Learning while you sleep: fact or fiction? Unfortunately, it’s impossible for you to acquire new material while you sleep. Your brain can only process and rehearse the new information you learned prior to falling asleep. While you cannot learn a new language by listening to tapes of it while sleeping or practice for a presentation by sleeping with your notes under your pillow, you can improve your memory by reviewing new material right before going to bed. “Sleeping on it” has been shown to improve performance for optimum memory retention!

When to sleep: Sleeping well before learning and sleeping well after learning are both very important. If you don’t get enough REM sleep prior to learning new material, your ability to establish memories may be hindered. Also, not getting enough sleep disrupts your hippocampus and reduces your ability to think conceptually.

Sleeping after learning is most crucial, since that is when memory enhancement occurs. Research shows that subjects who were deprived of sleep the night after learning new material did not show any signs of improvement even after two subsequent nights of sufficient sleep. So, the next time you’re cramming for a test or prepping for an interview, make sure you sleep well before and after learning the material you need to retain.

Creativity: People who are well rested have been shown to gain insight into a problem much faster than those who stayed up all night trying to find a solution. Dreams have long been inspiring discoveries and inventions that changed the world. Without sleep and dreams, Paul McCartney never would have written “Yesterday,” Mendeleev wouldn’t have finished the periodic table, and the Nike brand name would not exist. So, if you are struggling to finish a paper or come up with an idea for something, your answer may be found in a solid eight hours of sleep!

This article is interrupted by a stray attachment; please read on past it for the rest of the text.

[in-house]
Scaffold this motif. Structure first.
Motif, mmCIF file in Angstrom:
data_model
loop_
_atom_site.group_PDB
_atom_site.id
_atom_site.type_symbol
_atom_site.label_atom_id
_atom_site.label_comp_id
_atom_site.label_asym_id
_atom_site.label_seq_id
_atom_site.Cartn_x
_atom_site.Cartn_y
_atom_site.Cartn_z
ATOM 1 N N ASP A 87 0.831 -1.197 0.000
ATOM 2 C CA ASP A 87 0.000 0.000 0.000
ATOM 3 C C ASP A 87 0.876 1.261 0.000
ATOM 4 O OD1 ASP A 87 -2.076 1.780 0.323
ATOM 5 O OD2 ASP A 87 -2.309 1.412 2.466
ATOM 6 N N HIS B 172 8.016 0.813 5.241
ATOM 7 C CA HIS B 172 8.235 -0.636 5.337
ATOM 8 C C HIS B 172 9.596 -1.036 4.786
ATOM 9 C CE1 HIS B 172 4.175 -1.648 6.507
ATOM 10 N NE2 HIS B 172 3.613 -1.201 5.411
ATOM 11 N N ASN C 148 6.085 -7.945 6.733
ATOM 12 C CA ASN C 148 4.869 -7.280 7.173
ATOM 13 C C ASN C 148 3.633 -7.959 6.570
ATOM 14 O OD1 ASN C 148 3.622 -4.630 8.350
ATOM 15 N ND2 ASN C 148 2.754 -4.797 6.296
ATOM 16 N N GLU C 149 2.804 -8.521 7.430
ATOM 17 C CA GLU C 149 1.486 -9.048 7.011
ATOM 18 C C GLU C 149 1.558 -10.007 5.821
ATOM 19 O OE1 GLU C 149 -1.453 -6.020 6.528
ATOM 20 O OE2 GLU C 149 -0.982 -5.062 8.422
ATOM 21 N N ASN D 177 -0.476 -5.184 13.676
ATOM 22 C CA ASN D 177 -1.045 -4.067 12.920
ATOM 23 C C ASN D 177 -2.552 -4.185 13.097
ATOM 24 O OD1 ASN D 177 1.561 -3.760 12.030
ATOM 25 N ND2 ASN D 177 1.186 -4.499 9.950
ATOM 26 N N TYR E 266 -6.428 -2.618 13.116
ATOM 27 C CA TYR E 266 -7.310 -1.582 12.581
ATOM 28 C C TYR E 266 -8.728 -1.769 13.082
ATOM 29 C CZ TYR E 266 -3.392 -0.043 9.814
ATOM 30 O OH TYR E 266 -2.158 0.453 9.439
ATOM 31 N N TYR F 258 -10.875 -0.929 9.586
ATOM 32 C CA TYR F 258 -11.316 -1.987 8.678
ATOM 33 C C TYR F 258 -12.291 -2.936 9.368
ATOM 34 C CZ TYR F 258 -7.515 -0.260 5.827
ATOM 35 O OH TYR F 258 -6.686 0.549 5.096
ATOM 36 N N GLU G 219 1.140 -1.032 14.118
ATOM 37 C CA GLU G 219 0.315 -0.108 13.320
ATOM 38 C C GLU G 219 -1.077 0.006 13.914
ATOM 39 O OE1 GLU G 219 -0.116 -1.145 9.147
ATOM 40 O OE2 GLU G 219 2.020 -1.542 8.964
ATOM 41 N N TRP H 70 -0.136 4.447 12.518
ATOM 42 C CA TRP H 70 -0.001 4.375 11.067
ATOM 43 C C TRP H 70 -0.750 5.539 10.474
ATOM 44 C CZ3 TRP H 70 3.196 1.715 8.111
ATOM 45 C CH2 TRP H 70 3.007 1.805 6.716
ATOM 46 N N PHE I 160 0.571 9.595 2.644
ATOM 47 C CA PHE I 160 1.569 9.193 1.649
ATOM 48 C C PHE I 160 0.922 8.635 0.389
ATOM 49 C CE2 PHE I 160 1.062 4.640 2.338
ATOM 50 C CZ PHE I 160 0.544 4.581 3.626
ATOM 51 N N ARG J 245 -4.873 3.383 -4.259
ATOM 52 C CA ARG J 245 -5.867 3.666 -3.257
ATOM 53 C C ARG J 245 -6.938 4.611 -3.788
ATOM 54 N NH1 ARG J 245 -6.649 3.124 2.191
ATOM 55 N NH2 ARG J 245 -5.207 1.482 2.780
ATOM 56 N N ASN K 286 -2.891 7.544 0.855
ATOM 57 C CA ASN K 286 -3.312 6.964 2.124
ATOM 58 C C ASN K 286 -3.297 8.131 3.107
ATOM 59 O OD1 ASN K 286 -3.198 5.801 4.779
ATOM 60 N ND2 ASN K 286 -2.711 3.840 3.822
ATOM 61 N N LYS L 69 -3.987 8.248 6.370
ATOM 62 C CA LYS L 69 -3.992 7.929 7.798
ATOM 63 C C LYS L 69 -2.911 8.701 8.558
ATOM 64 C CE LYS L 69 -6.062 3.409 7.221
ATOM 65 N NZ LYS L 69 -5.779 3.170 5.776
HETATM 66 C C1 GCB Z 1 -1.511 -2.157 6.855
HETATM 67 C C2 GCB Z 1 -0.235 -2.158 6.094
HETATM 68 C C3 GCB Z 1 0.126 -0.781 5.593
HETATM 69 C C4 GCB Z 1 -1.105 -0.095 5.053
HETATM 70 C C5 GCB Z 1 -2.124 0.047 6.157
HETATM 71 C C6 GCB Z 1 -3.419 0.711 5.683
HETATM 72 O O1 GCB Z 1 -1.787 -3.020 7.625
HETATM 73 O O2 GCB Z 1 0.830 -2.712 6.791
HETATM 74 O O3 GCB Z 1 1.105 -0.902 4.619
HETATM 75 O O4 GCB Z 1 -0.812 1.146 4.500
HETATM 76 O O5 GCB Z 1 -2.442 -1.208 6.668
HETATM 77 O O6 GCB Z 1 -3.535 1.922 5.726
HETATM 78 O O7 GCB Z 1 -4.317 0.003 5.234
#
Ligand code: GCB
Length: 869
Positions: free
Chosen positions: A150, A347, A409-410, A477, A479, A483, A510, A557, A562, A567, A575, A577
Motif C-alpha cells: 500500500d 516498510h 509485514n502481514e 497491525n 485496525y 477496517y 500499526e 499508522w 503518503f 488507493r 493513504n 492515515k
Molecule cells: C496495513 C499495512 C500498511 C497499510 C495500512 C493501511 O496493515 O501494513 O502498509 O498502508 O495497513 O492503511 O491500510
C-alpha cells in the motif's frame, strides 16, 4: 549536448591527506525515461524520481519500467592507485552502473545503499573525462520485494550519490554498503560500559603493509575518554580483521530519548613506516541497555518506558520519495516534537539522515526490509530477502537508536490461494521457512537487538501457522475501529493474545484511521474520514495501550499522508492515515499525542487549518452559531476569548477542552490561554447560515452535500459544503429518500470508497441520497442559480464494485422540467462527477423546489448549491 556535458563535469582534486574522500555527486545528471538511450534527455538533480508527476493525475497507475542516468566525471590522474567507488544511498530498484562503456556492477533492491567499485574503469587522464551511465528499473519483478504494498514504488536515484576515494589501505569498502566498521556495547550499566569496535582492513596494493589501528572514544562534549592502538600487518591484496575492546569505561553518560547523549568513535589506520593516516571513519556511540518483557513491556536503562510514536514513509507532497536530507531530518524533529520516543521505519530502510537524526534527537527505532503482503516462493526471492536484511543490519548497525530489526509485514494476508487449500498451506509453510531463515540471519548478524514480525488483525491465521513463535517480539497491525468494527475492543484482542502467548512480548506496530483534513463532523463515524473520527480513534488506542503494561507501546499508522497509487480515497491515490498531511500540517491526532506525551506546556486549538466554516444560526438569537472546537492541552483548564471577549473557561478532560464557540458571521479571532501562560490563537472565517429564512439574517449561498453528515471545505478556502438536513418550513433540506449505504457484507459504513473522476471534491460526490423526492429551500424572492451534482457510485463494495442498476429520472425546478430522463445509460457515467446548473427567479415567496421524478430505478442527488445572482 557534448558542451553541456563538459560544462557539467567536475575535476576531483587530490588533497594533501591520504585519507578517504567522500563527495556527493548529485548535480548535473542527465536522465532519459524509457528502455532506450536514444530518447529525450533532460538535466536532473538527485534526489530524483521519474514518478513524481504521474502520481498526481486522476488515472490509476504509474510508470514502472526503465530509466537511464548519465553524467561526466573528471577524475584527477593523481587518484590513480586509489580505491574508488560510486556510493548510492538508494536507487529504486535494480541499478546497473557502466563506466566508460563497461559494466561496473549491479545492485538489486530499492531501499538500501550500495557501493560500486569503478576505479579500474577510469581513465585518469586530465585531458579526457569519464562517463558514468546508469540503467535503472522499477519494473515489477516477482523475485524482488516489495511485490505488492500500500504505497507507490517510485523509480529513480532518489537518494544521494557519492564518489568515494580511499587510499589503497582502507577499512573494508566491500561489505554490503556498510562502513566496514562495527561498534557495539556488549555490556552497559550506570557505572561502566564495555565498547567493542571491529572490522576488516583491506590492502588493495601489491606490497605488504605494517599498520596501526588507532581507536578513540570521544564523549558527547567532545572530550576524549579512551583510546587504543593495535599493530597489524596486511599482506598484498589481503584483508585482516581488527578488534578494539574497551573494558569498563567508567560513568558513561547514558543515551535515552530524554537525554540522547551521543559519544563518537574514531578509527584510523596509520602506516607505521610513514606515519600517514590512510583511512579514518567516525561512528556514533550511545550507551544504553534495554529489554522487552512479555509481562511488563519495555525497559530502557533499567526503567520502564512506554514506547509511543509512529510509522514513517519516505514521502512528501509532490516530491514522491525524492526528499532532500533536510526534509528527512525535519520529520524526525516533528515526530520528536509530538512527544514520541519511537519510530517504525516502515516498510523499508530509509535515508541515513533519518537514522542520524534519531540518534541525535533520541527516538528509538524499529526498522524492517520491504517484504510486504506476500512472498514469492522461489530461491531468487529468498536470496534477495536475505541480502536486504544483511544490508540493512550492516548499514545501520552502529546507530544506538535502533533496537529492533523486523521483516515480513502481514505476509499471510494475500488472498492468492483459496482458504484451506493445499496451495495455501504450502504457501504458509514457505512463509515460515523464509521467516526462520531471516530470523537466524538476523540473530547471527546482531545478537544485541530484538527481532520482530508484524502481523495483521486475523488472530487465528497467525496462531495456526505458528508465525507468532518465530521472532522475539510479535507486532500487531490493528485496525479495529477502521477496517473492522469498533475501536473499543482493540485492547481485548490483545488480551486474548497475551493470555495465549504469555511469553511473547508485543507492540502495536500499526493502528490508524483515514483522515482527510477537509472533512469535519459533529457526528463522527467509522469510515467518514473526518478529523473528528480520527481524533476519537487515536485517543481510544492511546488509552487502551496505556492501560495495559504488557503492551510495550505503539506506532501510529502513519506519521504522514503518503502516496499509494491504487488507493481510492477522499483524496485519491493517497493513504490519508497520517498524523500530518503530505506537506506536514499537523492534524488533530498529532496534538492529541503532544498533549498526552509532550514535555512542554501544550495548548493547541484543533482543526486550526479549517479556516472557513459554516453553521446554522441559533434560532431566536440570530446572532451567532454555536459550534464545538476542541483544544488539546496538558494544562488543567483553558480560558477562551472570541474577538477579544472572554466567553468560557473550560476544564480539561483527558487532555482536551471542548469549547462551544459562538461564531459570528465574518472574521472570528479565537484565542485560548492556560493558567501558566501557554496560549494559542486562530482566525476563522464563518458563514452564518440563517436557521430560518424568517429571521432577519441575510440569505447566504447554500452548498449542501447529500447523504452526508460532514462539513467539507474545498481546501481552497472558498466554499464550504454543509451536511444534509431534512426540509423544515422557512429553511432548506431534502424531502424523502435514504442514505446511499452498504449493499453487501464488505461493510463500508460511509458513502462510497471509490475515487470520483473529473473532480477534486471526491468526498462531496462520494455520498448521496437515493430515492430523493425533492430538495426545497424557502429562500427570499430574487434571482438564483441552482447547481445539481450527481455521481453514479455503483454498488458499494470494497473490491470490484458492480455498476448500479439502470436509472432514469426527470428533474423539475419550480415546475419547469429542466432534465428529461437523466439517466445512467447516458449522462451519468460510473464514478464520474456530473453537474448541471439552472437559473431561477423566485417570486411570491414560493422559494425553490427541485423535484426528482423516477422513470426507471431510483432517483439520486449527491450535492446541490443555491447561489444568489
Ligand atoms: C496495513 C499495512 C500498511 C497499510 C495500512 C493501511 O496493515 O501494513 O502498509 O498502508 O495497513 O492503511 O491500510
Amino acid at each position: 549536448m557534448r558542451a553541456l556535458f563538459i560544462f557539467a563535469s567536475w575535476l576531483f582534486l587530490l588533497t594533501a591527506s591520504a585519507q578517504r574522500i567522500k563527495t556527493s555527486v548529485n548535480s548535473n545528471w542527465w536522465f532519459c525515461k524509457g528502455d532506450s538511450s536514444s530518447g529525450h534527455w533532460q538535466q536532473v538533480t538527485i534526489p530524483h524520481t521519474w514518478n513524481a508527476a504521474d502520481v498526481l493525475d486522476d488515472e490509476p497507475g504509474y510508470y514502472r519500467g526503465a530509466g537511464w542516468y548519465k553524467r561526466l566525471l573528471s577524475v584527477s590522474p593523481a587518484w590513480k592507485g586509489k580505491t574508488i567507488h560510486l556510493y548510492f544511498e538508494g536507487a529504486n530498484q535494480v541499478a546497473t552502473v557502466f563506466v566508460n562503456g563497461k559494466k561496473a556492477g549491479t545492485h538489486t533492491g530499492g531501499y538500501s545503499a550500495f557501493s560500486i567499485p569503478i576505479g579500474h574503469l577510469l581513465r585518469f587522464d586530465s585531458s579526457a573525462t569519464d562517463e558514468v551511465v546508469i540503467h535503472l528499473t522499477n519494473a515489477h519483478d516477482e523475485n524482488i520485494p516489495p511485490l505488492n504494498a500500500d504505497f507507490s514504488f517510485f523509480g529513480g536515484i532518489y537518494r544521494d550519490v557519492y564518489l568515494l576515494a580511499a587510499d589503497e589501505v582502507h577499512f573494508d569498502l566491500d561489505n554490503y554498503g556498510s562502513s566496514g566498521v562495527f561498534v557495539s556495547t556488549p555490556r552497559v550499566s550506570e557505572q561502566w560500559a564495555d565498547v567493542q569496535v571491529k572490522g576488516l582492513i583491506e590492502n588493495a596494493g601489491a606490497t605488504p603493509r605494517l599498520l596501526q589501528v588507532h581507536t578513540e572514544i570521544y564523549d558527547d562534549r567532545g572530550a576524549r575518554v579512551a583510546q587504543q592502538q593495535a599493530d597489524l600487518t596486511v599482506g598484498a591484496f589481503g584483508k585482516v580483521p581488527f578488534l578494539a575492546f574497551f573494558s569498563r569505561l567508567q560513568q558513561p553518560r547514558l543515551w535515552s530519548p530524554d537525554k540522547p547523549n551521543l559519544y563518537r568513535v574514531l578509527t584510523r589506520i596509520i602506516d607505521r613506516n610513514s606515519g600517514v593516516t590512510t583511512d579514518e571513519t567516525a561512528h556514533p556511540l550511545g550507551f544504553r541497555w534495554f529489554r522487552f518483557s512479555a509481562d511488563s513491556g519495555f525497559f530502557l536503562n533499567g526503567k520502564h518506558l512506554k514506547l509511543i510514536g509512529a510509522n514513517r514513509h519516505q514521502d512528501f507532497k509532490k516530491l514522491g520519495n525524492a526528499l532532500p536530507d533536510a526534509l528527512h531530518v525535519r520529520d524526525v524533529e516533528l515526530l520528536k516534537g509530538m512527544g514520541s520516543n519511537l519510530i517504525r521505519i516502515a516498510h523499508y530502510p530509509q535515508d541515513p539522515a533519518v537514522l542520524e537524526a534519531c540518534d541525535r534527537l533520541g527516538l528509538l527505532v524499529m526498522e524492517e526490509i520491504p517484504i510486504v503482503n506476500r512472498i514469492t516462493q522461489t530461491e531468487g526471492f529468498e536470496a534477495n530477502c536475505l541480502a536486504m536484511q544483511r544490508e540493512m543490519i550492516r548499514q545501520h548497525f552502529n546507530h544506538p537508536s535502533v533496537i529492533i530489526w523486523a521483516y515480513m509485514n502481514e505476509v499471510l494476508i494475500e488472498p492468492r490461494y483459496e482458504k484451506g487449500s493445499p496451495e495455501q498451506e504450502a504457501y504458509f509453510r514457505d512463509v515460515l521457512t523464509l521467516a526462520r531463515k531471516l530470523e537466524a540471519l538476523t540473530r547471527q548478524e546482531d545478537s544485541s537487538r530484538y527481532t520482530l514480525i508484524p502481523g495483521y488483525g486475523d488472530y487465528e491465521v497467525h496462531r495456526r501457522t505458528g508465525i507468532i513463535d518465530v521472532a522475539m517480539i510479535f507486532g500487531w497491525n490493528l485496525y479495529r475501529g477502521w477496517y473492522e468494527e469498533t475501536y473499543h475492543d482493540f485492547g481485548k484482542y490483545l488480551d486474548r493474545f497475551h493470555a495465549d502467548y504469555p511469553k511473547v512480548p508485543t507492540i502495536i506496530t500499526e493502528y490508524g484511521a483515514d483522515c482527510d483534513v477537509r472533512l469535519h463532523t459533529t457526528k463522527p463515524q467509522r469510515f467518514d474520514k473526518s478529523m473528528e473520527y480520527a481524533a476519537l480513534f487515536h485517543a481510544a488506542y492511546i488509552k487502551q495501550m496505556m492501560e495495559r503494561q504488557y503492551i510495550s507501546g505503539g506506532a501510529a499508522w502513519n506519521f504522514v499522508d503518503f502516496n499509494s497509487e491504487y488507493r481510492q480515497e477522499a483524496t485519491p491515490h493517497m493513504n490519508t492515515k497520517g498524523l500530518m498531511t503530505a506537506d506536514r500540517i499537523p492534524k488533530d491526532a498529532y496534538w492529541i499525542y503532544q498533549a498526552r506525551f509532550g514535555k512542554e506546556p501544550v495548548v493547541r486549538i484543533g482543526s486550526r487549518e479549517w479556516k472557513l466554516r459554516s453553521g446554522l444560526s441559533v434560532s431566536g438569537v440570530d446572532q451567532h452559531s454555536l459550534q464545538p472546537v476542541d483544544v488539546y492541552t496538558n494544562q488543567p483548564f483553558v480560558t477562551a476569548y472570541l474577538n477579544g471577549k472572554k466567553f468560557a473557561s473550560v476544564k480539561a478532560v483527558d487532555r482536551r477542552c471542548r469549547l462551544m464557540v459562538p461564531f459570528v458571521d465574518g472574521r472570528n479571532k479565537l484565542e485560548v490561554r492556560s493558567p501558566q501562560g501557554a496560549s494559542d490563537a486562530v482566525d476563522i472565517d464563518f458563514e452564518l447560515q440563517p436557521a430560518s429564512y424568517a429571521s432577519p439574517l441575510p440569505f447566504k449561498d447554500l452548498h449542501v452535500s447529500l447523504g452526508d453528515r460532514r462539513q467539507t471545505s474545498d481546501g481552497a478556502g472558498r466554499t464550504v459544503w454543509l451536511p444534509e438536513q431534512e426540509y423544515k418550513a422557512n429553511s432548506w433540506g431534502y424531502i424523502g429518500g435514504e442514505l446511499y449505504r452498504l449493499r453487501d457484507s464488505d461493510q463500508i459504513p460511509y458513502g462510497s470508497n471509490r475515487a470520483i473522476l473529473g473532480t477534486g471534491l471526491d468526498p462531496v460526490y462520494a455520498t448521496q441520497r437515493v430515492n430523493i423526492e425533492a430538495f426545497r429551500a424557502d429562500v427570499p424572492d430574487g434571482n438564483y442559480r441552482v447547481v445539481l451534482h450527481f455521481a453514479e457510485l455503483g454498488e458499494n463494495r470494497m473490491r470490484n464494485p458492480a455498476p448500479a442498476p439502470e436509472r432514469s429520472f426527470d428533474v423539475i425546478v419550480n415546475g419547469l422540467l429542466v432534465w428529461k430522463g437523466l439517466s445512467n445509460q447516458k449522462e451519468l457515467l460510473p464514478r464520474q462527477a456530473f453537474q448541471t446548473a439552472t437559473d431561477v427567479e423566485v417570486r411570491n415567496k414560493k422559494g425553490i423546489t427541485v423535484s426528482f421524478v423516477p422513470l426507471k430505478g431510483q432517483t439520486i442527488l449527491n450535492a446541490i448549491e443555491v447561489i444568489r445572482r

READ MORE: How Much Sleep Do You Really Need?

Bottom Line: No matter how smart you are, losing sleep means losing brain power. Failing to meet your personal sleep quotient can have serious effects on more than just your ability to learn material and remember what you previously learned.When you are sleep deprived, parts of your brain do not function properly (or at all). You are essentially walking around with a “mental limp,” and the more sleep deprived you are, the worse the limp! A recent study affiliated with the University of Wisconsin-Madison showed that some neurons in the brains of rats that are normally turned “on” while awake suddenly went “offline” when sleep deprived. The rats were awake, but parts of their brains shut down and acted as if they were asleep!

What should you do? Sleep better and sleep more to improve your learning and memory. Most people only need to add an extra hour of sleep per night to feel fully alert the next day. Changing your schedule to make time for more sleep will take several weeks, but eventually you should be able to wake up fully rested—without an alarm clock! You should feel a notable difference in your health after just a few nights of meeting your personal sleep quotient. Soon you will be less stressed, more alert, and ready to learn! James B. Maas, Professor of Psychology and Weiss Presidential Fellow, Cornell University, is co-author of Sleep for Success! Everything You Must Know About Sleep But Are Too Tired to Ask

[AuthorHouse 2011]Co-author Kristina Shultz is a research assistant working on sleep at Cornell University.